X chromosome


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Related to X chromosome: Y chromosome
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  • noun

Words related to X chromosome

the sex chromosome that is present in both sexes: singly in males and doubly in females

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References in periodicals archive ?
Although Jeanne thought that her baby-to-be was being tested for Down syndrome or other significant disabilities, her obstetrician phoned her to let her know that the fetus had a high probability of having Trisomy X, or an extra X chromosome in a female.
The second model would reveal how an extra X chromosome affected the male mice.
The X chromosome may to many people connote femaleness, since women have a pair of X chromosomes and men have an X and a Y.
A gene that scientists have found to regulate X chromosome activity in mice doesn't work in people, report researchers from the Johns Hopkins Medical Institutions in Baltimore.
The reason female mammals bother inactivating an X chromosome is self-preservation.
Women typically have two X chromosomes, one inherited from each parent; men receive an X chromosome from their mother and a Y chromosome from their father.
The genetic activity of a single X chromosome is sufficient for a human cell, but women must somehow deal with a double dose.
Scientists believe this male chromosome once had thousands of genes in common with the X chromosome, the other mammalian sex chromosome.
In a reprise of the most controversial study of 1993, researchers surveying the genetic landscape of the X chromosome have discovered further evidence that it contains a gene or genes that may steer some men to homosexuality.
While the X chromosome contains genes that direct a broad range of functions, such as blood clotting and some aspects of color perception, the Y chromosome for the most part bears only those genes responsible for male sexual characteristics.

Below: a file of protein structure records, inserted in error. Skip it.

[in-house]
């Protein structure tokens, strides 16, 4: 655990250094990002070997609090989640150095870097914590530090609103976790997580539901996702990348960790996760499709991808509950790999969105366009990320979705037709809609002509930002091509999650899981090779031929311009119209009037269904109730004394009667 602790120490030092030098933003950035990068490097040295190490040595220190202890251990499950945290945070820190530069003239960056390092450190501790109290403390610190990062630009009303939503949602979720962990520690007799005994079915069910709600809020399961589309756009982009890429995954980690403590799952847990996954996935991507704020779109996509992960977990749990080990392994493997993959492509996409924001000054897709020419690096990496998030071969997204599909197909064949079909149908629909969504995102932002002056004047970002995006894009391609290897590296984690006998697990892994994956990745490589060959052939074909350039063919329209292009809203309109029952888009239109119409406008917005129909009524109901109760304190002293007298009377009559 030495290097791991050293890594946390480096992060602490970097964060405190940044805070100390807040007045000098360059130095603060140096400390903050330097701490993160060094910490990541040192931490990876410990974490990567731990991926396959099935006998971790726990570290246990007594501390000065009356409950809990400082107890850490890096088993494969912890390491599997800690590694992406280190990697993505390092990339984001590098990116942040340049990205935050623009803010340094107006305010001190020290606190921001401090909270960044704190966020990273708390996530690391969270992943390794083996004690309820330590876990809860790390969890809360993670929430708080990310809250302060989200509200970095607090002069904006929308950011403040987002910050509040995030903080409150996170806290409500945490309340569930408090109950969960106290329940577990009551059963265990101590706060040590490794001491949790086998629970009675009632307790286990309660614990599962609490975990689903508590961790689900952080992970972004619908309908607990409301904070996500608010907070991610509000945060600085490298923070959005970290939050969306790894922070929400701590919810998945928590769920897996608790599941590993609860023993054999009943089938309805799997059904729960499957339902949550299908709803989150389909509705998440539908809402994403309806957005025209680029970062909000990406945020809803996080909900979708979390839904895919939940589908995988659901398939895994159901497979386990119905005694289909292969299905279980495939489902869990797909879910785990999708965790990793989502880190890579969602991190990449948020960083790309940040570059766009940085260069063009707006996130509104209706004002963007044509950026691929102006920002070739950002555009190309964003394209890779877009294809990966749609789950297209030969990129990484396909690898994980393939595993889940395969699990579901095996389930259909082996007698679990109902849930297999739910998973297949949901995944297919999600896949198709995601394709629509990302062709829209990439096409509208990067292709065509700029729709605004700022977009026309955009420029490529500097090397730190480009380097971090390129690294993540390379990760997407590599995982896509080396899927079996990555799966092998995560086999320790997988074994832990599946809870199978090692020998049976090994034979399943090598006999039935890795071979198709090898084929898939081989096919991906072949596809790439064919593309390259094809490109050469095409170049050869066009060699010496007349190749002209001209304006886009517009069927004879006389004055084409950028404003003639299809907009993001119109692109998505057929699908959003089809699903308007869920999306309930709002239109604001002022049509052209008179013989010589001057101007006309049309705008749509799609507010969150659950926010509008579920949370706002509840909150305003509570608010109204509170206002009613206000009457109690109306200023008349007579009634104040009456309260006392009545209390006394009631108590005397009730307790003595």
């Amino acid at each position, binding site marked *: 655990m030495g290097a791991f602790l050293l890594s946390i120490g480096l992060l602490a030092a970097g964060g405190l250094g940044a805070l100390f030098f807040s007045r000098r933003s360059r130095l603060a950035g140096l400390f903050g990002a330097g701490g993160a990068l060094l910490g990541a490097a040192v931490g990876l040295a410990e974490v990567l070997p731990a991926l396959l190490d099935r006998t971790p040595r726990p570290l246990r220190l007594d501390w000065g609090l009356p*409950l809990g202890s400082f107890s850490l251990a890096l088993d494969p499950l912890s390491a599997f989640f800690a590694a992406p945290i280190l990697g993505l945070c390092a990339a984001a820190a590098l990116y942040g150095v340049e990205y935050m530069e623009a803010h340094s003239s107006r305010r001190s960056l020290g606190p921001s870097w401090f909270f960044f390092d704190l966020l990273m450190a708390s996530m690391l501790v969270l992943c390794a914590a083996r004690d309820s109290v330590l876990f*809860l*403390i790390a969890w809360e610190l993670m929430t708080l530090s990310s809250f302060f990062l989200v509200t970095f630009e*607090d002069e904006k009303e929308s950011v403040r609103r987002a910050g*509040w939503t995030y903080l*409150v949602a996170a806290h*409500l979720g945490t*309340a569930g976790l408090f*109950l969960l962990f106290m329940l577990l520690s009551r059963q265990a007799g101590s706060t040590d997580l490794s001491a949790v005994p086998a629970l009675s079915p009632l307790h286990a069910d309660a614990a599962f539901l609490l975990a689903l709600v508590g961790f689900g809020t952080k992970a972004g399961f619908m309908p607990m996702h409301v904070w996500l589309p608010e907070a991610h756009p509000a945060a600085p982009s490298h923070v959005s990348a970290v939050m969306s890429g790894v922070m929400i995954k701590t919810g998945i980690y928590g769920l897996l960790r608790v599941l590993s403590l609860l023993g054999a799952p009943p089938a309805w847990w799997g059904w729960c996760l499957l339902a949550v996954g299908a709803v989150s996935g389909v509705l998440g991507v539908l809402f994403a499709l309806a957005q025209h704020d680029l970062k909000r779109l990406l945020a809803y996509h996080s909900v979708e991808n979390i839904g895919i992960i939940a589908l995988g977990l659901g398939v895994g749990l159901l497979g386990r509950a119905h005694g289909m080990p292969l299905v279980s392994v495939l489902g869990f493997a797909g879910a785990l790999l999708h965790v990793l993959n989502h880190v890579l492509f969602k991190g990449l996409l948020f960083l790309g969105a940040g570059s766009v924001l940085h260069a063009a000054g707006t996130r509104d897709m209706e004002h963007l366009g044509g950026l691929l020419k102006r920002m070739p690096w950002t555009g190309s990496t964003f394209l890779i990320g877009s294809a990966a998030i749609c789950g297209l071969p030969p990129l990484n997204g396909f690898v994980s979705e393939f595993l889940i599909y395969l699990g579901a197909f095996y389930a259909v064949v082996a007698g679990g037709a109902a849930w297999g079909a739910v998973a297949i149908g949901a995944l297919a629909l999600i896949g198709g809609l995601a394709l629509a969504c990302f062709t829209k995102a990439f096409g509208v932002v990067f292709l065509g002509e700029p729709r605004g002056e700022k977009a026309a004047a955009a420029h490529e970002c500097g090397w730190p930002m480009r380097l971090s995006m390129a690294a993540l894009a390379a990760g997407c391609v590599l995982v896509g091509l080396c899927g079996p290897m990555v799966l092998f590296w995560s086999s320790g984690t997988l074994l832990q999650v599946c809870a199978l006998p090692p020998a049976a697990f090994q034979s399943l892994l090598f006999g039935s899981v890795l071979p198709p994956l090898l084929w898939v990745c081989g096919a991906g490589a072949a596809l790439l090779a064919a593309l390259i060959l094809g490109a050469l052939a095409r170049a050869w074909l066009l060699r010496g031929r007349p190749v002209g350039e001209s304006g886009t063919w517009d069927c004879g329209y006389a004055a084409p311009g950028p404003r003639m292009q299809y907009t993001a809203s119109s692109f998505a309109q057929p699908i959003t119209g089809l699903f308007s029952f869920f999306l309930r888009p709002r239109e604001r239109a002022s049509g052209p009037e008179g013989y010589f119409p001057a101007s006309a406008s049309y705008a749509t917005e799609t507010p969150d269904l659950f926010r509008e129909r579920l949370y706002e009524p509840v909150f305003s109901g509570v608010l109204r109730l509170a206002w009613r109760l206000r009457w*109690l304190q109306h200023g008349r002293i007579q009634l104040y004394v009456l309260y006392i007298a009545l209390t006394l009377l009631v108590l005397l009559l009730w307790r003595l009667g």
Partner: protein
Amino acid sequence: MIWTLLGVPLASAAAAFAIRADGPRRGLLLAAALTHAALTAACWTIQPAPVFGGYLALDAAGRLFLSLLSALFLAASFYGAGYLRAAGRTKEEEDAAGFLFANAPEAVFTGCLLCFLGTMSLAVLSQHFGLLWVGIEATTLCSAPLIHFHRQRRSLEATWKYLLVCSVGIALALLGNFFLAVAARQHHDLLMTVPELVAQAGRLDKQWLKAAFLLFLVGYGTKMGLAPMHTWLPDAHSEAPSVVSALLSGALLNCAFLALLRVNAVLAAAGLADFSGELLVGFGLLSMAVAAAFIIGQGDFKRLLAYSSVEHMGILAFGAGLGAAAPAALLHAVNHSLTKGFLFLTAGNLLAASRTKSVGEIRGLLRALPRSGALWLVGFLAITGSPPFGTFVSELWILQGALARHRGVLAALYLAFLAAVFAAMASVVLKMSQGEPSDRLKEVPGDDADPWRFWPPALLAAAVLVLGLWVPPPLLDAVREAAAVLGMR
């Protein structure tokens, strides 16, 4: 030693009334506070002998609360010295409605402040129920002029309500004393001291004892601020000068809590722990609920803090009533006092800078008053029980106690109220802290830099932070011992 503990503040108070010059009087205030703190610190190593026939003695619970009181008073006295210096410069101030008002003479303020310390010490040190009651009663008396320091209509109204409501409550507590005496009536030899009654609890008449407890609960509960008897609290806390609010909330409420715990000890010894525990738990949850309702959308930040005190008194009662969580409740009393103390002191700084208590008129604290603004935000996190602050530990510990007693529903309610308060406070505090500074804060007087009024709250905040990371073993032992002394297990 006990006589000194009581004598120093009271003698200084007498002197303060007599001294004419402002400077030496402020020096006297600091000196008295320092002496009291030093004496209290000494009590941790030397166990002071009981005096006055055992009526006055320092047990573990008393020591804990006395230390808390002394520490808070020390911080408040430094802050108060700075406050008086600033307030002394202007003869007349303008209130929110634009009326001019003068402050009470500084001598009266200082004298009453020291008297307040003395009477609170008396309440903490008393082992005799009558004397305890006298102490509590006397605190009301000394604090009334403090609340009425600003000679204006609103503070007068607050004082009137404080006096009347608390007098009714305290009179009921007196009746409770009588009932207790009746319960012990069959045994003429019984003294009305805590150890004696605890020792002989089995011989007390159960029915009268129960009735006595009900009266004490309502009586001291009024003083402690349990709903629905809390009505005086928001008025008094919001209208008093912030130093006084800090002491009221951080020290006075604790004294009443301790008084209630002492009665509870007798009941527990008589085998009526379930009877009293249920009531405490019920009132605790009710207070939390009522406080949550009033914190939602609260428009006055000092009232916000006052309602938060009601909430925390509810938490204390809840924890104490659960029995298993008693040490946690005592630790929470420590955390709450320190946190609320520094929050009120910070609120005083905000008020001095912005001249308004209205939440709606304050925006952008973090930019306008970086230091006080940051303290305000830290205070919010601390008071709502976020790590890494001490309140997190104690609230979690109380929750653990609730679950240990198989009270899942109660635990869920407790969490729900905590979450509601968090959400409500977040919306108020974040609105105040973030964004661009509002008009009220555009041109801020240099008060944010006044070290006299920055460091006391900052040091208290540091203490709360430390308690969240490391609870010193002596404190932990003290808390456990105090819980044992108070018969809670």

Goodfellow of the Imperial Cancer Research Fund in London, England, and his colleagues have successfully moved a telomere -- the specialized structure that keeps the tips of chromosomes from unraveling -- up toward the center of the long arm of a mammalian X chromosome.
It involved a boy with hemophilia A, an inherited bleeding disorder caused by a defective gene on the X chromosome.
Several research teams had previously found the markers -- one for color blindness, the other for anemia -- among many people in other families with manic depression, and had proposed that as many as one in three manic depressives has a predisposing gene in that region of the X chromosome (SN: 3/28/87, p.
Although further studies are needed to confirm the gene's exact function, its discovery -- coupled with the concurrent identification of a similar segment on the X chromosome -- should answer some fundamental questions about what determines sex in humans and other species.
Evidence is mounting that, in some cases of manic depression,there is a gene near one tip of the X chromosome that predisposes its bearers to the disorder.